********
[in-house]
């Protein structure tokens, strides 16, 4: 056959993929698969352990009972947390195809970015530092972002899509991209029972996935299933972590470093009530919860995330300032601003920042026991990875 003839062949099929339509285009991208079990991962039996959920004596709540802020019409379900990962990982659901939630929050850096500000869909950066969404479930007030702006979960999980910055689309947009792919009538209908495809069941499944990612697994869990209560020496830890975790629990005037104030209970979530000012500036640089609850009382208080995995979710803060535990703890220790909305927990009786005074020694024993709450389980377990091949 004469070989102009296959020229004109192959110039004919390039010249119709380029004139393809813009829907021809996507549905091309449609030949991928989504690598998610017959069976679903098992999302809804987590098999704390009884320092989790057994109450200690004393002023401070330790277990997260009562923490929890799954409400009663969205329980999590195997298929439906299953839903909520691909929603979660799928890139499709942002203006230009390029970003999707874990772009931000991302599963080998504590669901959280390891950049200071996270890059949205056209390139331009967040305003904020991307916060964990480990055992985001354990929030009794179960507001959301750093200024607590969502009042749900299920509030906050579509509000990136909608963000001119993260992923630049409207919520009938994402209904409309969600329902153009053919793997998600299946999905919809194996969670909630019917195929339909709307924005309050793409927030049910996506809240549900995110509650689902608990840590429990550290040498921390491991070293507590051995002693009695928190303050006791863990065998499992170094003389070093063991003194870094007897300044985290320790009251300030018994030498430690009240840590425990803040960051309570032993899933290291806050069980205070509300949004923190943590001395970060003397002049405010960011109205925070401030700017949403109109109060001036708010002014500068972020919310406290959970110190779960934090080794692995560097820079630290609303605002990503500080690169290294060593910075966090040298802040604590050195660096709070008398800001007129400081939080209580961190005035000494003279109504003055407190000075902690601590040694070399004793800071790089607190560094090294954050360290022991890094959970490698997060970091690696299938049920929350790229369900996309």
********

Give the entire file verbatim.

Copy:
[in-house]
């Protein structure tokens, strides 16, 4: 056959993929698969352990009972947390195809970015530092972002899509991209029972996935299933972590470093009530919860995330300032601003920042026991990875 003839062949099929339509285009991208079990991962039996959920004596709540802020019409379900990962990982659901939630929050850096500000869909950066969404479930007030702006979960999980910055689309947009792919009538209908495809069941499944990612697994869990209560020496830890975790629990005037104030209970979530000012500036640089609850009382208080995995979710803060535990703890220790909305927990009786005074020694024993709450389980377990091949 004469070989102009296959020229004109192959110039004919390039010249119709380029004139393809813009829907021809996507549905091309449609030949991928989504690598998610017959069976679903098992999302809804987590098999704390009884320092989790057994109450200690004393002023401070330790277990997260009562923490929890799954409400009663969205329980999590195997298929439906299953839903909520691909929603979660799928890139499709942002203006230009390029970003999707874990772009931000991302599963080998504590669901959280390891950049200071996270890059949205056209390139331009967040305003904020991307916060964990480990055992985001354990929030009794179960507001959301750093200024607590969502009042749900299920509030906050579509509000990136909608963000001119993260992923630049409207919520009938994402209904409309969600329902153009053919793997998600299946999905919809194996969670909630019917195929339909709307924005309050793409927030049910996506809240549900995110509650689902608990840590429990550290040498921390491991070293507590051995002693009695928190303050006791863990065998499992170094003389070093063991003194870094007897300044985290320790009251300030018994030498430690009240840590425990803040960051309570032993899933290291806050069980205070509300949004923190943590001395970060003397002049405010960011109205925070401030700017949403109109109060001036708010002014500068972020919310406290959970110190779960934090080794692995560097820079630290609303605002990503500080690169290294060593910075966090040298802040604590050195660096709070008398800001007129400081939080209580961190005035000494003279109504003055407190000075902690601590040694070399004793800071790089607190560094090294954050360290022991890094959970490698997060970091690696299938049920929350790229369900996309």